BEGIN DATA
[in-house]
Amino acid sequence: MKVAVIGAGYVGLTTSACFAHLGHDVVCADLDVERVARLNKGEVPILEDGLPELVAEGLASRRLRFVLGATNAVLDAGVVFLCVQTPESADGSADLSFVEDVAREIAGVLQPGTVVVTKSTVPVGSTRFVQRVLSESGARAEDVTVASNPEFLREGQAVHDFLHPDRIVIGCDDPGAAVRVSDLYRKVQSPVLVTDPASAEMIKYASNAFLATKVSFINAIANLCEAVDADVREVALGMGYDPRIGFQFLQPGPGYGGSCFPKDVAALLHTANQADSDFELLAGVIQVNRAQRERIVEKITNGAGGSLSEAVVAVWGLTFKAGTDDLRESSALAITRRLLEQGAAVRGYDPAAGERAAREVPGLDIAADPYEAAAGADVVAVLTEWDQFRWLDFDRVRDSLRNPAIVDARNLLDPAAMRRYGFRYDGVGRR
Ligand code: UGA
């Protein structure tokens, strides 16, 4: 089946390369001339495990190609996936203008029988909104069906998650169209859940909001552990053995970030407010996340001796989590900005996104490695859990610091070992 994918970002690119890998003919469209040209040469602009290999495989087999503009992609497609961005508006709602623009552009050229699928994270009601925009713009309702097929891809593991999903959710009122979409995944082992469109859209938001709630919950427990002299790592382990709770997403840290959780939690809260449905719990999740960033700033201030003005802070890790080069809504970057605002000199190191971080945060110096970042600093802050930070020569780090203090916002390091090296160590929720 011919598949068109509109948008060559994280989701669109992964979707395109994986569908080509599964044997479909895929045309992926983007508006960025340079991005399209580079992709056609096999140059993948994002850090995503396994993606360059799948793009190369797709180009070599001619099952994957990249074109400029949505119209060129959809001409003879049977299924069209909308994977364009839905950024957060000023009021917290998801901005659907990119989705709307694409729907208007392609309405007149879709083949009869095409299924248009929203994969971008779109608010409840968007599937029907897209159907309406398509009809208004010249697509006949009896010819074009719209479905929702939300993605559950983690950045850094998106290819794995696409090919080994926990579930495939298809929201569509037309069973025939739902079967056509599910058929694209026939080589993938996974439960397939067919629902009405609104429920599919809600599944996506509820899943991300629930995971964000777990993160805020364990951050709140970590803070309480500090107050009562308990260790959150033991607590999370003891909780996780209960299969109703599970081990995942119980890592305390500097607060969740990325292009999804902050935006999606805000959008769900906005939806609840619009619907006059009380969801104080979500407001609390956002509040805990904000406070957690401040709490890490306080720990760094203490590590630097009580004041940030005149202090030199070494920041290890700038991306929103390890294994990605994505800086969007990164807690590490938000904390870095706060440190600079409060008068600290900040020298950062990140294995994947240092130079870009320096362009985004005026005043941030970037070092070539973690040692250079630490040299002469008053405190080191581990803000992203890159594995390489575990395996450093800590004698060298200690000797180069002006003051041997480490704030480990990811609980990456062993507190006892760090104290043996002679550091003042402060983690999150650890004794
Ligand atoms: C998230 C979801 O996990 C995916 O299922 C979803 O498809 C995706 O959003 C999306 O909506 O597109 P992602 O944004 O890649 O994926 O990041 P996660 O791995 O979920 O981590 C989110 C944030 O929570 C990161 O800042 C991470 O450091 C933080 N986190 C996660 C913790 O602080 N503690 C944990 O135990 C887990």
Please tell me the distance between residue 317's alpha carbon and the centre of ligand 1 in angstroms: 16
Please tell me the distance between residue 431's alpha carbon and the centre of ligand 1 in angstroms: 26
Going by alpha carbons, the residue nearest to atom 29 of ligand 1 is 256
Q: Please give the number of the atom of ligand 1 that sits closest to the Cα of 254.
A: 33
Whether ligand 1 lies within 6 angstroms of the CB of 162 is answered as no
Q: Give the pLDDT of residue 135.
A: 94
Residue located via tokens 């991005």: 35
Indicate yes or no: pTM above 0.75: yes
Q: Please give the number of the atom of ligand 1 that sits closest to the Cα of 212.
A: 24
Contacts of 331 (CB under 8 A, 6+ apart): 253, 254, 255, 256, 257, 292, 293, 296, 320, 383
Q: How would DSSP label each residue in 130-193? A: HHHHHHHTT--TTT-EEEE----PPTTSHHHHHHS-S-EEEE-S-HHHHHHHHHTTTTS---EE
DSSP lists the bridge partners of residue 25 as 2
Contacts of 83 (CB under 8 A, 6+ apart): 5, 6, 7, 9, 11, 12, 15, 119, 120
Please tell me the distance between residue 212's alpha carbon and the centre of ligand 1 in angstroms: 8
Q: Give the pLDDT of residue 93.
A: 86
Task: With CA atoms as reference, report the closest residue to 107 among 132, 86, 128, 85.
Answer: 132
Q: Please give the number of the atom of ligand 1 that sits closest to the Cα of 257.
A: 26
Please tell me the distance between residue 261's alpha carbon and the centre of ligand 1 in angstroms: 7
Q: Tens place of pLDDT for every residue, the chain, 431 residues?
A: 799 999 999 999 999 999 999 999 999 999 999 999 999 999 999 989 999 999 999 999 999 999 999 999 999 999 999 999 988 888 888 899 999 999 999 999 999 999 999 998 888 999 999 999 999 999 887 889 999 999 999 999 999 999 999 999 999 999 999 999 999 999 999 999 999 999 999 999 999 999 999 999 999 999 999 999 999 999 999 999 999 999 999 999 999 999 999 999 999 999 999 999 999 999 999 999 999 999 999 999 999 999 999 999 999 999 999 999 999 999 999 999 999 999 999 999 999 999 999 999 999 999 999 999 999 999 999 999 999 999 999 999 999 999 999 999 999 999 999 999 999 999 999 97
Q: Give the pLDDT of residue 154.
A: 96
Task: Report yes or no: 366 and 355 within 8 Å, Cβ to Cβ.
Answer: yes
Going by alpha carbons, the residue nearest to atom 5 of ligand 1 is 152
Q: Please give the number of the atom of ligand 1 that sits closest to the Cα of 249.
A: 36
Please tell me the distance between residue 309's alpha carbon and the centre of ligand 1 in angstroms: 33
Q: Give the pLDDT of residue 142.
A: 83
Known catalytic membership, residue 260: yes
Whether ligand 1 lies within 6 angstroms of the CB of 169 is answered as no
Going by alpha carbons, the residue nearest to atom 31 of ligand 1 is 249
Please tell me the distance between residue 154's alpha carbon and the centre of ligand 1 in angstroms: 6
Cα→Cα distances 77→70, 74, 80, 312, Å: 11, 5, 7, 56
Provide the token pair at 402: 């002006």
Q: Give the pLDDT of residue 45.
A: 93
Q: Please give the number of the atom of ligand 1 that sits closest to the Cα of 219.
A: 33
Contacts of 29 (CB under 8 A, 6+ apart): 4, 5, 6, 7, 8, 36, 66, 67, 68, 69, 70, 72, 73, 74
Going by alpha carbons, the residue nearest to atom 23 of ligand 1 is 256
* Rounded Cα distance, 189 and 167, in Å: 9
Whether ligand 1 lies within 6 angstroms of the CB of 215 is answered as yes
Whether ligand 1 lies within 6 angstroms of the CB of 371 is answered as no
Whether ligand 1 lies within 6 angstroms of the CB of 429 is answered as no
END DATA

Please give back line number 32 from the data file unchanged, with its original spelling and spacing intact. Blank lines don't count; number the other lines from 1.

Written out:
Q: Give the pLDDT of residue 154.